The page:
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Women and the Environment: A Look at the Link
Elektra Grant

Ferris Kawar rocks. As a member of the Steering Committee of Environmentalists for John Kerry, he believes that the prevalence of females working as environmental stewards is a chief reason why a woman should be next in line for the United States presidency. His lead in to this stellar view was an opinion altering question, “Why do you think there are so many women working for environmental causes?”. Judging from the attendees at the environmentally themed classes I’ve taken and events I’ve attended, men appear well represented to me. But Ferris’ query became more understandable after I was gently twisting the arm of a young man who was considering becoming a Crew Leader in the Sustainable Works Student Program, one of the community services our environmental nonprofit offers. The student asked a little sheepishly, “But am I going to be the only guy doing this?” And Ferris, my coworker, is the first and only man thus far hired in Sustainable Works’ five-year history. His minority status as the “token male” in the workplace brings home the question: Are women particularly well-suited for environmental work?

Sandy Grant, an environmentally-focused urban planner who was recently appointed to the City of Santa Monica’s Sustainable City Task Force, thinks so. The Sustainable City Task Force overlays a quality-of-life perspective on the ecological issues of resource conservation, environmental and public health, transportation, and land use. The program includes economic development, community education, civic participation, and human dignity as measures of civic success.

Sandy’s role on this committee allows her to put her vocation, urban planning and community organizing, to good use. According to Sandy, her disposition toward strengthening community has deep roots in an innate feminine energy. She traces her aptitude to the hunter-gatherer model of prehistoric society where women worked together to create a livable habitat, preparing and refining the spoils of the men’s expeditions for food and goods. Choosing not to raise children, Sandy feels that she applies her ability to foster growth into her work instead. She resonates with Joan Borysenko’s model of the Guardian: as a woman moves beyond her reproductive years, her capacity to nurture is extended to the “world family”. Sandy’s penchant for community building again mirrors the Guardian role: her environmental consciousness extends not only to the earth, but leans strongly to the people who inhabit it.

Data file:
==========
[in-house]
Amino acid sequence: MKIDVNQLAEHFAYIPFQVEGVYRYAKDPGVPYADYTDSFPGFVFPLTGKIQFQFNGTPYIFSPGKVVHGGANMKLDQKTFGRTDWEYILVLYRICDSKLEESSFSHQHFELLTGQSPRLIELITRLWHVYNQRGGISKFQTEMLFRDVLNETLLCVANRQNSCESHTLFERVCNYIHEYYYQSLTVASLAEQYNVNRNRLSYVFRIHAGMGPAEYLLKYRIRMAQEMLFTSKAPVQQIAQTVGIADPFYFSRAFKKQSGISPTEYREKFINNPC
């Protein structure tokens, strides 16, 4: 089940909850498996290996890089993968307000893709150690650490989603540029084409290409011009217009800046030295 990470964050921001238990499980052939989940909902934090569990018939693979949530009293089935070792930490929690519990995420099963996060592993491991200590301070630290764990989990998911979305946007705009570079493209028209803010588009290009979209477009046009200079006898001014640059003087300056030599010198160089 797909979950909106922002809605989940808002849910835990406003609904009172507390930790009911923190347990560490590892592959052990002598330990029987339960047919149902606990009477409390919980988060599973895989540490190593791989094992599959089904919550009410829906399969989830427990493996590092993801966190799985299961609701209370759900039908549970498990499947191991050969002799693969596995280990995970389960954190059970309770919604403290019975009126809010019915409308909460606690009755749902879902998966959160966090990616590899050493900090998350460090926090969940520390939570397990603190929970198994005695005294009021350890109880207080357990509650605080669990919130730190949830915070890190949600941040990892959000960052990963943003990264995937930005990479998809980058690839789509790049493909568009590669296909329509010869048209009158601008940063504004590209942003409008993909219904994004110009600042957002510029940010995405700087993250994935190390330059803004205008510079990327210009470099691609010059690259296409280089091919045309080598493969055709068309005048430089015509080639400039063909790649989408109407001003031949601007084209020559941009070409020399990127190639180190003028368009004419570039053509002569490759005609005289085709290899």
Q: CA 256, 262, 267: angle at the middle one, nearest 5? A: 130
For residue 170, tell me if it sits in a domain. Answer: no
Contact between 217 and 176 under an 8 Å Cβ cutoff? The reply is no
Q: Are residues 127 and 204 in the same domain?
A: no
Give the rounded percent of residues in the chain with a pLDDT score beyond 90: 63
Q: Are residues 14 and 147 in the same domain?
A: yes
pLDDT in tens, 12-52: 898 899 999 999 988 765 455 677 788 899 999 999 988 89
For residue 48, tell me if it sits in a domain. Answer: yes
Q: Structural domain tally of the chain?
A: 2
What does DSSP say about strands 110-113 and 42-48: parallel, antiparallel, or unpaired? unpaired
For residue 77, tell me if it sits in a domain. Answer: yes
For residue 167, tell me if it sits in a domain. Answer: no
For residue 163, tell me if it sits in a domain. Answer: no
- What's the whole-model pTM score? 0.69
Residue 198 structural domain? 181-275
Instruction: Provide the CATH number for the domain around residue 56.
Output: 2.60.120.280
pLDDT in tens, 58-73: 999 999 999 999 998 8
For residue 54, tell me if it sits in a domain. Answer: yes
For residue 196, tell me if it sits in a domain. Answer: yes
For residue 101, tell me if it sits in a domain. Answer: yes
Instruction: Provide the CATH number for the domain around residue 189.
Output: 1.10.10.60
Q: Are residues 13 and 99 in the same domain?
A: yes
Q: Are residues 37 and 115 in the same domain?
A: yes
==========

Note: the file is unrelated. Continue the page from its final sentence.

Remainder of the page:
Although Ferris Kawar refutes the notion that women possess inborn qualities that would allow them to excel in environmentalism, he believes that cultural conditioning may explain women’s heightened interest in environmental issues. As Sustainable Works’ Residential Program Coordinator, Ferris runs a voluntary program that teaches Santa Monica residents how to be more resource efficient. He finds that 65 to 70% of his participants are women and, like Borysenko’s Guardians, the most receptive and informed audiences are women between the ages of 50 and 65.

However, rather than chalking this up to a biological imperative, Ferris believes that this age group has a more personal relationship with the environmental crisis due to the gender roles that defined their formative years. For example, being more likely than men or younger women to have prolonged, hands-on experience with housework, these women are invested in learning about the effects of the chemicals in the cleaning solvents they have used throughout the years. Ferris finds that the women he teaches are generally more open and aware of environmental problems. He thinks this may in part be attributed to an informal community amongst women where information is freely shared, a trait that is not encouraged amongst men.

Sandy and Ferris agree that women and environmental work make a good match and that there are larger forces than the individual that inspire women to get involved. But while Sandy feels her environmental work is the outward expression of a female essence that fosters growth and connection, Ferris sees the dictates of gender roles putting women in a prime position of concern and receptiveness. Whether or not women care about the environment because it is encoded in them to do so or because their housewifely duties put them at a higher risk of chemical poisoning is ultimately not important. What is of great consequence is the Earth’s unprecedented state of environmental decline. The human population, women and men included, must rally to attend to its care.

Elektra Grant is a staff member of Sustainable Works, a nonprofit organization that teaches sustainable practices to individuals, institutions and businesses in the urban environment. She is enrolled in the Environmental Studies program at Santa Monica College.





The Women’s College Magazine at Santa Monica College
Copyright 2003 Santa Monica College